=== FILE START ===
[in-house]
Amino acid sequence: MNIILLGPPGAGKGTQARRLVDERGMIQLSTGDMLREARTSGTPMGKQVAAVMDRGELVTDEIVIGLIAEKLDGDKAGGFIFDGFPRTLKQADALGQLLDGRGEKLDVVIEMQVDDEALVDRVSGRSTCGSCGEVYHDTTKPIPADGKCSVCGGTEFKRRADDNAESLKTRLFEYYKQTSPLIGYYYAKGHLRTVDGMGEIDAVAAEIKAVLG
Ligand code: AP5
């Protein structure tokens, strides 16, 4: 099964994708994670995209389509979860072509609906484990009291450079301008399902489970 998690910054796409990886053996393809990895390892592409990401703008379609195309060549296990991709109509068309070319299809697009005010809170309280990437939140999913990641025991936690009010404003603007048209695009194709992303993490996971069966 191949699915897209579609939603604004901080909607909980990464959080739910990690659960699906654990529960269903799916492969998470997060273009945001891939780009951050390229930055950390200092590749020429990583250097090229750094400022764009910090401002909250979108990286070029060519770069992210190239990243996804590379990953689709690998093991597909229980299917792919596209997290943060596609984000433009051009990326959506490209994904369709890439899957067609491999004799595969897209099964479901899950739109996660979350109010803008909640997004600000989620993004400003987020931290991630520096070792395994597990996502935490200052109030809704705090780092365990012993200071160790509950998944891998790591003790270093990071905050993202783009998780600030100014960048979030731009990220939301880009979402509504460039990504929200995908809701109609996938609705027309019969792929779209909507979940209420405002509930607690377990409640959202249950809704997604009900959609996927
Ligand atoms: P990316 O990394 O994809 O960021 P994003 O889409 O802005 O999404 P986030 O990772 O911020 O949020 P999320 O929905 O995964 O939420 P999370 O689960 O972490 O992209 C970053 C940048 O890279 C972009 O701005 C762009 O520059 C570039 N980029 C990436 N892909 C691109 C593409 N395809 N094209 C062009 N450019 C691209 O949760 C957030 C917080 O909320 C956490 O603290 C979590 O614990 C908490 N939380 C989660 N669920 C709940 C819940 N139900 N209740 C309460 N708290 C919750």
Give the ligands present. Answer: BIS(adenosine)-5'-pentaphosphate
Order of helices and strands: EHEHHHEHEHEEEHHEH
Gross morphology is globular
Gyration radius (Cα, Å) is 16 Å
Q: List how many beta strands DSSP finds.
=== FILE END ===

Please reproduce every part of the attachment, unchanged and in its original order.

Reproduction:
[in-house]
Amino acid sequence: MNIILLGPPGAGKGTQARRLVDERGMIQLSTGDMLREARTSGTPMGKQVAAVMDRGELVTDEIVIGLIAEKLDGDKAGGFIFDGFPRTLKQADALGQLLDGRGEKLDVVIEMQVDDEALVDRVSGRSTCGSCGEVYHDTTKPIPADGKCSVCGGTEFKRRADDNAESLKTRLFEYYKQTSPLIGYYYAKGHLRTVDGMGEIDAVAAEIKAVLG
Ligand code: AP5
């Protein structure tokens, strides 16, 4: 099964994708994670995209389509979860072509609906484990009291450079301008399902489970 998690910054796409990886053996393809990895390892592409990401703008379609195309060549296990991709109509068309070319299809697009005010809170309280990437939140999913990641025991936690009010404003603007048209695009194709992303993490996971069966 191949699915897209579609939603604004901080909607909980990464959080739910990690659960699906654990529960269903799916492969998470997060273009945001891939780009951050390229930055950390200092590749020429990583250097090229750094400022764009910090401002909250979108990286070029060519770069992210190239990243996804590379990953689709690998093991597909229980299917792919596209997290943060596609984000433009051009990326959506490209994904369709890439899957067609491999004799595969897209099964479901899950739109996660979350109010803008909640997004600000989620993004400003987020931290991630520096070792395994597990996502935490200052109030809704705090780092365990012993200071160790509950998944891998790591003790270093990071905050993202783009998780600030100014960048979030731009990220939301880009979402509504460039990504929200995908809701109609996938609705027309019969792929779209909507979940209420405002509930607690377990409640959202249950809704997604009900959609996927
Ligand atoms: P990316 O990394 O994809 O960021 P994003 O889409 O802005 O999404 P986030 O990772 O911020 O949020 P999320 O929905 O995964 O939420 P999370 O689960 O972490 O992209 C970053 C940048 O890279 C972009 O701005 C762009 O520059 C570039 N980029 C990436 N892909 C691109 C593409 N395809 N094209 C062009 N450019 C691209 O949760 C957030 C917080 O909320 C956490 O603290 C979590 O614990 C908490 N939380 C989660 N669920 C709940 C819940 N139900 N209740 C309460 N708290 C919750």
Give the ligands present. Answer: BIS(adenosine)-5'-pentaphosphate
Order of helices and strands: EHEHHHEHEHEEEHHEH
Gross morphology is globular
Gyration radius (Cα, Å) is 16 Å
Q: List how many beta strands DSSP finds.